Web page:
Why the bullet journal method is gaining popularity in Norfolk
PUBLISHED: 12:00 09 January 2019 | UPDATED: 12:00 09 January 2019
These days, more and more people are ditching the smartphone and turning to old-fashioned methods – from 35mm film cameras to good old paper and pen. The bullet journal method is one such trend, a productivity toolkit taking our region by storm.
The process is always the same: I get a new project, I buy a new notebook and I hope that this, alone, will keep me organised and focused. It very rarely does.
I have so many half-finished notebooks and abandoned diaries on my desk that they’ve created a leaning tower of paper – something that only increases in size as we teeter towards the new year and I vow that the next one will be different.
But in 2019, I’ve decided to pick up a pen and embrace the bullet journal – a system which relies on little more than a pen and a notebook and which you fill with the things you would usually write on a calendar, in a diary, or on a to-do list. It’s all of these things rolled into one and its creator, US software programmer Ryder Carroll, promotes it as a system to help “track your past, order your present and plan your future.” Despite being developed by someone with a background in tech, it’s something of a back-to-basics approach.
For Liane Ward, school support team leader at Norwich Business School, adopting the process has been life-changing. “It’s been a very personal journey,” she says. “I started keeping a bullet journal around two years ago – I was an avid diarist who was organised but not quite organised and it all felt a bit disparate, with things all over the place.”
After finding out about bullet journaling at a training event at the UEA, Liane incorporated the method into her working life. “There are two elements to keeping a bullet journal: system and practice,” she says. The system includes using numbered pages to create an index, and keeping daily, weekly and monthly logs with short notes and symbols to denote events, tasks and memories.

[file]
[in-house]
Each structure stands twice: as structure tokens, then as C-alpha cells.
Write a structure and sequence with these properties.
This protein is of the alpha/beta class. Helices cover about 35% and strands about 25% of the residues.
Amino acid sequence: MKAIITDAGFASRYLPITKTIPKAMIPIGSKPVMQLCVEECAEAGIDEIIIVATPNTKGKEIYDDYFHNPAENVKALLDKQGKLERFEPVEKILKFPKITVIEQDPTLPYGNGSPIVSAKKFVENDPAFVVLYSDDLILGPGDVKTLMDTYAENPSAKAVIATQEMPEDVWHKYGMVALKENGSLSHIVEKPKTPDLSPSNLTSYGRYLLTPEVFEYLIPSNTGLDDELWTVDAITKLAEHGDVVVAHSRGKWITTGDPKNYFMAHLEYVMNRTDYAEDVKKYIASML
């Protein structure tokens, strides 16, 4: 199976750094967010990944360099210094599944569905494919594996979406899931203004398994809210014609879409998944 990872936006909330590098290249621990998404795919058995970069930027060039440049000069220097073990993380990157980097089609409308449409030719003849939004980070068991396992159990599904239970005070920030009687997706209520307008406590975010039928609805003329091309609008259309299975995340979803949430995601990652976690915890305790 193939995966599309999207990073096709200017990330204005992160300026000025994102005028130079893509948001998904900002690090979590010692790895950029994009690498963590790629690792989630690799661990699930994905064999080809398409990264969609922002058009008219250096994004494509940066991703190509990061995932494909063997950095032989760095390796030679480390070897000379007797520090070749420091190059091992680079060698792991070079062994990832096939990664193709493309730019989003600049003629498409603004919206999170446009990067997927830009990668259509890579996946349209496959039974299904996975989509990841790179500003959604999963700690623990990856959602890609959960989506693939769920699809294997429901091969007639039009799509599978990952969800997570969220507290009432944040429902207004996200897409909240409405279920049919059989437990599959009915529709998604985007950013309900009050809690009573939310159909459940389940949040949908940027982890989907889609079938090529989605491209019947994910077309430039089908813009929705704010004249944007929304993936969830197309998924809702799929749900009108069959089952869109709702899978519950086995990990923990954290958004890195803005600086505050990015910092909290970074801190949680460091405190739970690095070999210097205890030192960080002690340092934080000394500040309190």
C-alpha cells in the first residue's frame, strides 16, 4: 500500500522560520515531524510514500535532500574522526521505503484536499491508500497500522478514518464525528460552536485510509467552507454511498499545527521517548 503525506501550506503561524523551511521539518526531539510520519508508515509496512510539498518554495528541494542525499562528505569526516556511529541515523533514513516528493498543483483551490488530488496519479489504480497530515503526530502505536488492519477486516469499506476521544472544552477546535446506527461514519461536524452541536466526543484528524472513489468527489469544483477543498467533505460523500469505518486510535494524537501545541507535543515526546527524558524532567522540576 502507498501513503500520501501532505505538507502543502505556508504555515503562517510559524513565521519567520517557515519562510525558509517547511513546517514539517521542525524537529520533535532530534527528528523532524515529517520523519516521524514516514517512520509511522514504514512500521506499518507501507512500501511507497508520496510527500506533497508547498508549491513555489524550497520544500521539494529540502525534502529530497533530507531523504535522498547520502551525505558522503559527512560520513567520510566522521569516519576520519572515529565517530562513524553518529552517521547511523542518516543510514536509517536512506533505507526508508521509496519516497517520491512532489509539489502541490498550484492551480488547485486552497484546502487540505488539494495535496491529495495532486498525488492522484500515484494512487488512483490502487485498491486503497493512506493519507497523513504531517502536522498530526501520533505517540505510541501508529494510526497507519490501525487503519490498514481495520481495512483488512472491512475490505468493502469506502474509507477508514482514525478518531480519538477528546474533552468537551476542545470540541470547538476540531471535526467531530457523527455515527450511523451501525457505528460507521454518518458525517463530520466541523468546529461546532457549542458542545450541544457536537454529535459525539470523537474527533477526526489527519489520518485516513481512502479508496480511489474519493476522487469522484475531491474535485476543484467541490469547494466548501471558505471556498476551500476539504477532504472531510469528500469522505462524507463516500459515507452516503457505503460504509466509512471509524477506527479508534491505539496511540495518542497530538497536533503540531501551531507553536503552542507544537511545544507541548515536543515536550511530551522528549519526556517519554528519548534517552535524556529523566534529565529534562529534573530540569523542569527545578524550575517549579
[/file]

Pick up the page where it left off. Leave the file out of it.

“Once you’ve cracked the system, you can fill the remaining pages with whatever you want – trackers, quotes, things you’re interested in,” says Liane. “Since starting a bullet journal, I feel more tuned into what’s going on – when you put pen to paper, you not only engage your brain but also your heart. It helps you to curate your life, wheedle out distractions and focus on what you want to do.”
The process is referred to as “intentional living”, and might consist of an exercise tracker, a weight-loss diagram or a plan to drink more water - all things we invariably try to do more of in the new year. But by simply writing things down, the bullet journal is said to help us visualise our goals and modify good behaviours into forming better habits.
Liane believes in the system so much that she has helped others to adopt it too, running hands-on workshops for students and staff at UEA. “I show students and staff how it can actually help them to free up time,” she says, and as more people have become involved, a bullet journaling – or BuJo – community has emerged, holding regular meetings on the university campus.
“Topics come up that people wouldn’t normally talk about – from immigration to stress over their workloads,” says Liane. “It’s quietly mushroomed into this trend, which has a big following online and a supportive community who are all working towards the same aims.”